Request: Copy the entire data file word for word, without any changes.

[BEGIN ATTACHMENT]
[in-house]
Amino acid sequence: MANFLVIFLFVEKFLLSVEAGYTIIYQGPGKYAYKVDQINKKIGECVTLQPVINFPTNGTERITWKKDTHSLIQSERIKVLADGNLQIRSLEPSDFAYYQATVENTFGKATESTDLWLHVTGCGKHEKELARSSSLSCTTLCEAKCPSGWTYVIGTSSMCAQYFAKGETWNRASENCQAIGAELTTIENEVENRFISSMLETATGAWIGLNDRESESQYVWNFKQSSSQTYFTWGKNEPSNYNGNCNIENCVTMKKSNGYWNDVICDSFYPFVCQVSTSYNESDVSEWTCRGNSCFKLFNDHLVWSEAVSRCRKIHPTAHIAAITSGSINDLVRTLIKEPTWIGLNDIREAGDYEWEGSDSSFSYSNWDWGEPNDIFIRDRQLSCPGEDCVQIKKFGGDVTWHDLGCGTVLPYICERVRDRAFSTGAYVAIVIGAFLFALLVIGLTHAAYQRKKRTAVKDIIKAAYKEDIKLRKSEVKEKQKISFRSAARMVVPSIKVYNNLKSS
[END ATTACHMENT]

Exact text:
[in-house]
Amino acid sequence: MANFLVIFLFVEKFLLSVEAGYTIIYQGPGKYAYKVDQINKKIGECVTLQPVINFPTNGTERITWKKDTHSLIQSERIKVLADGNLQIRSLEPSDFAYYQATVENTFGKATESTDLWLHVTGCGKHEKELARSSSLSCTTLCEAKCPSGWTYVIGTSSMCAQYFAKGETWNRASENCQAIGAELTTIENEVENRFISSMLETATGAWIGLNDRESESQYVWNFKQSSSQTYFTWGKNEPSNYNGNCNIENCVTMKKSNGYWNDVICDSFYPFVCQVSTSYNESDVSEWTCRGNSCFKLFNDHLVWSEAVSRCRKIHPTAHIAAITSGSINDLVRTLIKEPTWIGLNDIREAGDYEWEGSDSSFSYSNWDWGEPNDIFIRDRQLSCPGEDCVQIKKFGGDVTWHDLGCGTVLPYICERVRDRAFSTGAYVAIVIGAFLFALLVIGLTHAAYQRKKRTAVKDIIKAAYKEDIKLRKSEVKEKQKISFRSAARMVVPSIKVYNNLKSS